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The banks are steep at times and it can be challenging to make land fall. Years ago I suffered a swamping due to this fact, my friend slipped as he was exiting the boat. I went in and floated a ways down before I could recover our goods and the canoe. The current is not very swift and there are no rocks, only dead fall from the trees and the trees themselves at times. No one ventures here from what I have seen, the Put-in I use is a popular bank fishing spot, power boats stay away. A PFD is a sure thing to have, this is deep water and not often traveled, there are no ready made places to climb out.
Heading in from I-75 on Lower River Road you cross the bridge, parking is on both sides once you have come over the bridge. The larger parking spot is to the left, this side of the bridge is the proper side to gain access to the creek mouth. Once you put in you can see some concrete structures in the water along the tree line. These mark the entrance to The Old Mill Channel. I suppose this mill was fed by Candies Creek at one time, the Mill Channel is neatly dug making a long thin island, you can shoot between the concrete structures or stay left, last I tried the Mill Channel was obstructed by dead fall, a problem I will remedy this winter when the water is down and I can hike it. Come around and enter the Mill Channel from it's old feed point, there is a nice root system here to step out on. Explore around and you'll find some very old foundations of what I think was a house, hike back down the Mill Channel and there is more foundations near the concrete structures. I usually run my metal detector and always find something neat. I would guess the foundations date to the early 1900's or before, a massive tree grows up in the middle of the house perimeter. I have researched a bit and have found nothing concerning the history of what was here. I did find this though, a passage from the written history of one Isabel Cobb, born in 1858 on a farm on Candies Creek, in Bradley County. She moved in 1870 to Oklahoma, writing her childhood memories down of living in Tennessee later on.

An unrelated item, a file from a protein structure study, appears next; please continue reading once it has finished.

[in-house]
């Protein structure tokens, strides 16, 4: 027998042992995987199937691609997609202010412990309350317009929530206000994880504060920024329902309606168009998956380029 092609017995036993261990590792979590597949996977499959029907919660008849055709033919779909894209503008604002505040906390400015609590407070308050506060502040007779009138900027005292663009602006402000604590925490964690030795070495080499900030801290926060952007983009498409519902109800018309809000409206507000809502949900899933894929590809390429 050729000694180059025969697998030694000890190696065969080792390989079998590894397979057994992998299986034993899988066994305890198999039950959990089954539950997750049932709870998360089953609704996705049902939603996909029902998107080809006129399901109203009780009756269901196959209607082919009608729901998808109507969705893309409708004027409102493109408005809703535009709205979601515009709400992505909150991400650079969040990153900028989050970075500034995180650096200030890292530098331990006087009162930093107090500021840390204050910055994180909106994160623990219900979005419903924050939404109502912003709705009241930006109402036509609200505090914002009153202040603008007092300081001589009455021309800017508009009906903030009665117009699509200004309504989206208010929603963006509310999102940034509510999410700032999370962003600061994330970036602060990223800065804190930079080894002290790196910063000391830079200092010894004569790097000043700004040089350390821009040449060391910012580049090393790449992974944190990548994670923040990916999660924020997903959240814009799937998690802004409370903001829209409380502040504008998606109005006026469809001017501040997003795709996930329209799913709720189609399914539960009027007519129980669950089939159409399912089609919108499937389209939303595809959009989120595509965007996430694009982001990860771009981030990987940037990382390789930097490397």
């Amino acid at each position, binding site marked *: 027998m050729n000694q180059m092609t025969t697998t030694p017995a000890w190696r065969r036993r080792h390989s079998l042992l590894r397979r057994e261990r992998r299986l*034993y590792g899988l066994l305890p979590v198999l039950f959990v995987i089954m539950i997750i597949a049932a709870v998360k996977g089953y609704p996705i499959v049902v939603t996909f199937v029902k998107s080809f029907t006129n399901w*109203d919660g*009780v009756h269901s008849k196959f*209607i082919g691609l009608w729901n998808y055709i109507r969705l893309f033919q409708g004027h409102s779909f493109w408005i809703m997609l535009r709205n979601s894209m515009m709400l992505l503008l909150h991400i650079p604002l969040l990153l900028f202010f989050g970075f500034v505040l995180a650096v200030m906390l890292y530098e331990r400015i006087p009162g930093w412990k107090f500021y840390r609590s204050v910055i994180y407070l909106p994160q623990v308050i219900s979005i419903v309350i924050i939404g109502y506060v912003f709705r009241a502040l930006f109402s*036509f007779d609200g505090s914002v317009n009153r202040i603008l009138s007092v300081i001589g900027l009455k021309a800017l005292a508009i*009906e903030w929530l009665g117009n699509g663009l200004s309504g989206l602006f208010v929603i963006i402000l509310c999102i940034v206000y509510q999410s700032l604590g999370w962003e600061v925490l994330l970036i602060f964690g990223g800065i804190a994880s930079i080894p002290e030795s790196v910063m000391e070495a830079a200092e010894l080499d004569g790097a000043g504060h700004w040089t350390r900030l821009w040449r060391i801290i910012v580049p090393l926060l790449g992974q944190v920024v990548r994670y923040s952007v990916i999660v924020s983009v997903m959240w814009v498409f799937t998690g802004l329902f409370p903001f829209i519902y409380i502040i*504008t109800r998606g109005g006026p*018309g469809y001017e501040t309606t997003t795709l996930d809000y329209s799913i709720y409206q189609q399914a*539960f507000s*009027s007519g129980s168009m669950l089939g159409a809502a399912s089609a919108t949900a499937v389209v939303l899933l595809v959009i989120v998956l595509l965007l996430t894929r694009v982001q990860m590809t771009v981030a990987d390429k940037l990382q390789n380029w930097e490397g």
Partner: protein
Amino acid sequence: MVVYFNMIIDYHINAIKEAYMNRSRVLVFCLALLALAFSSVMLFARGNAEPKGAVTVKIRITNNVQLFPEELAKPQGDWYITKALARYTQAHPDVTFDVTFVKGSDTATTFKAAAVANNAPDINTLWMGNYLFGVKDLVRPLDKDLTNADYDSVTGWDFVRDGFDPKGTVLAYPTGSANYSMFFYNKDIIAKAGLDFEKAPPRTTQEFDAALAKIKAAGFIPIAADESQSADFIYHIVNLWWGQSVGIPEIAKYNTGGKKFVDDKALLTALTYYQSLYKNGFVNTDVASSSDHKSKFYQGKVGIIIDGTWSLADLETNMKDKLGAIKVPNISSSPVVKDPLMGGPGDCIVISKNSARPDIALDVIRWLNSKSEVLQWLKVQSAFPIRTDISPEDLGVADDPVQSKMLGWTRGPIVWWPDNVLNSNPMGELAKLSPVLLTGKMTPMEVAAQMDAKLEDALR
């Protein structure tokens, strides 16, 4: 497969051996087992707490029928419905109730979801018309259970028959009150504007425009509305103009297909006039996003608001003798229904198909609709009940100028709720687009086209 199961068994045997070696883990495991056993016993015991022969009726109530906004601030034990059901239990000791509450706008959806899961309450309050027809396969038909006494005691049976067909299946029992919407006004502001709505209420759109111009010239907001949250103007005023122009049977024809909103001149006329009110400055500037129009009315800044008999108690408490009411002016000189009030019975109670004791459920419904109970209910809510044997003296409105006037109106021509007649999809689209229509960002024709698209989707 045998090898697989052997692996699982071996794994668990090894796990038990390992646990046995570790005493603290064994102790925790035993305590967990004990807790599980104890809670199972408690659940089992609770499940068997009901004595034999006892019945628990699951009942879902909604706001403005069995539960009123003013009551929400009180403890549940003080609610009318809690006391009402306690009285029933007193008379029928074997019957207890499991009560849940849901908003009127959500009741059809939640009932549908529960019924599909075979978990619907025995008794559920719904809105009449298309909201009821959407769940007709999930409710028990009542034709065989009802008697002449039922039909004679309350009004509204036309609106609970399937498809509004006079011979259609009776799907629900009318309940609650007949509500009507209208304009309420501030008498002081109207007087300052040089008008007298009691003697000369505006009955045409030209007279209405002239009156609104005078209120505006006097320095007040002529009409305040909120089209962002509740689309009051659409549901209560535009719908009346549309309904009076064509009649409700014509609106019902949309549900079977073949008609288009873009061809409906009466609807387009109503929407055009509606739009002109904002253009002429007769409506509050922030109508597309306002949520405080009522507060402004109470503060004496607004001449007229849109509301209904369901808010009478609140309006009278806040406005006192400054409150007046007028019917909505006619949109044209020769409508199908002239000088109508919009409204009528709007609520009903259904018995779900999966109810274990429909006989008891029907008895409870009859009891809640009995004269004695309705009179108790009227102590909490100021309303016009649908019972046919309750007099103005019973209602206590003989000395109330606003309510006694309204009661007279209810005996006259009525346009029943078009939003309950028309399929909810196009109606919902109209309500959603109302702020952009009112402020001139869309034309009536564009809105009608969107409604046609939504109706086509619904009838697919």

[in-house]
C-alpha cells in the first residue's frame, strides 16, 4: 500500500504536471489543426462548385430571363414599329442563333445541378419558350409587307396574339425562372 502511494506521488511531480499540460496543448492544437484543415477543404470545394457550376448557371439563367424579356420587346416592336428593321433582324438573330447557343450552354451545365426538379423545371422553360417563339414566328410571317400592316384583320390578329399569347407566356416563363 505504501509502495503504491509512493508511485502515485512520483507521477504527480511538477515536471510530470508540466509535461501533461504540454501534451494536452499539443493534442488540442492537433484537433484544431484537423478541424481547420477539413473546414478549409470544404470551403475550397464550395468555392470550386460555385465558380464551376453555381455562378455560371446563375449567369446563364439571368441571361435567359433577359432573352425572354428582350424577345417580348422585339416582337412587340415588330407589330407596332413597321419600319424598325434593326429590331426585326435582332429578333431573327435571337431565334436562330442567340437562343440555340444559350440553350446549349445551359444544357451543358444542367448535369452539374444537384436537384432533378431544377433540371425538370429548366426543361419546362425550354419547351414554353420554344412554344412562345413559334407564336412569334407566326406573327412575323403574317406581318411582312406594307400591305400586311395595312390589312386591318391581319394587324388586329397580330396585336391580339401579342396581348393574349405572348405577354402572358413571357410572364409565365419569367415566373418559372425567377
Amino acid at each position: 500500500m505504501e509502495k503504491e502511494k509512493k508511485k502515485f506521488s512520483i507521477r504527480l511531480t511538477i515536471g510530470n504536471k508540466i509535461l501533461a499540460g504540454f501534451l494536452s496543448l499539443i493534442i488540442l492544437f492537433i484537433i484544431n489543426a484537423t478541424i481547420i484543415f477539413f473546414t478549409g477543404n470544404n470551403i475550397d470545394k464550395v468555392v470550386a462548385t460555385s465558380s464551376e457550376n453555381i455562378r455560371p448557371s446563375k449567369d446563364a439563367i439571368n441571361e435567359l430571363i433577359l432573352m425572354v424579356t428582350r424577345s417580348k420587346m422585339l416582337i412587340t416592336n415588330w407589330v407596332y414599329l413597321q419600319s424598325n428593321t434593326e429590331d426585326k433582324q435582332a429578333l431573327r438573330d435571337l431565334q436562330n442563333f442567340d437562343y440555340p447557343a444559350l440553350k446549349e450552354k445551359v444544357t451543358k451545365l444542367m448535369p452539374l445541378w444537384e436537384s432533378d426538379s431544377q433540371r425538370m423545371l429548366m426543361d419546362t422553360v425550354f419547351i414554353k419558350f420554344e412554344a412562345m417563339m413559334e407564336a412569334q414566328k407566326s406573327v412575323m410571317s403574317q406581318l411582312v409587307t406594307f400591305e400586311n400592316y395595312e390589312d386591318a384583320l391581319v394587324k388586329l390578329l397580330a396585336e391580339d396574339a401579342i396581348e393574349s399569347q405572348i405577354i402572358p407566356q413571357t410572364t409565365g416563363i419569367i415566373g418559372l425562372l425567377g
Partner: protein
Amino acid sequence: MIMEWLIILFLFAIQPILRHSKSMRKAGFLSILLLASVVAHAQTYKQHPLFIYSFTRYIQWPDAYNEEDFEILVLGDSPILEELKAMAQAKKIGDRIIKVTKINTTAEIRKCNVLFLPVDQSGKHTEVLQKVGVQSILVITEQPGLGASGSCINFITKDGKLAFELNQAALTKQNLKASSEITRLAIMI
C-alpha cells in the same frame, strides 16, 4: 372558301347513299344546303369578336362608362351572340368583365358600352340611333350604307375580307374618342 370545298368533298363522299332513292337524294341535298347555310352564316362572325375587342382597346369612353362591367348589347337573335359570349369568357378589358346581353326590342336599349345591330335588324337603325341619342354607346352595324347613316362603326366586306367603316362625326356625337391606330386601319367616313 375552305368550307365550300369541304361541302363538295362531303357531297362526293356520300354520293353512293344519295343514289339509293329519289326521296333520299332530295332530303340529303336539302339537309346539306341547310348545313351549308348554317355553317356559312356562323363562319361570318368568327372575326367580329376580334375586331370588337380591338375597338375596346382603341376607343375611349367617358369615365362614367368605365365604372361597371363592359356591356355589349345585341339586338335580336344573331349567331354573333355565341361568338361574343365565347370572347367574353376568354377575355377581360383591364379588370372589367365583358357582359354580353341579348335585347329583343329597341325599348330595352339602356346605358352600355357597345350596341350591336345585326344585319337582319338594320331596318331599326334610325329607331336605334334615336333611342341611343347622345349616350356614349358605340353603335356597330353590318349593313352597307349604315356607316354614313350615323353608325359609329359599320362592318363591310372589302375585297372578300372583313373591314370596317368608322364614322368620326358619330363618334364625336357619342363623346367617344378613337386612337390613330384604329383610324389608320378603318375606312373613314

"On Feb. 21, 1863 she gave birth to her fourth baby - a boy weighing 15 lbs. named for his father - Jos. B. Cobb who was away and did not see him till he was 6 mo. old. I can faintly remember the night Jo was born. A midwife old Aunt Betsey Lane and her husband Anderson came down the Creek in a canoe by torch light. Dr. John Long from Cleveland came later and said Jo weighed more at birth than he did at 6 months, tipping the scales at 15 lbs."
I have a lot respect for that old Midwife, I have paddled the same waters as her but never at night. It can be dark on Candies Creek even during the day, a night trip in that day and age would have been a risky venture. There could be a good ghost story there, of camping on the creek and in the middle of the night an old canoe glides by with an old man and woman aboard, searching for a house that no longer stands, a flickering torch light that appears and disappears up the creek or whatnot. It is also interesting to think of the creek as a commonly used highway almost 150 years ago. It has been deep and wide for as far as I have paddled up it.
Putting the Mill Channel to your stern you enter into a body of water with two exits at the far side. The left is a dead end but it is a scenic warm up to the creek itself. The Mouth of Candies Creek is on the right and several days ago it was somewhat hidden by low branches as it always is. Once you have been slipped in and seen the beauty of it you'll come back for more, it is a wonderful place and there is a lot of exploring in the area besides the creek itself.
Hardshell Kayak Sail Rigs
The Kayak Wing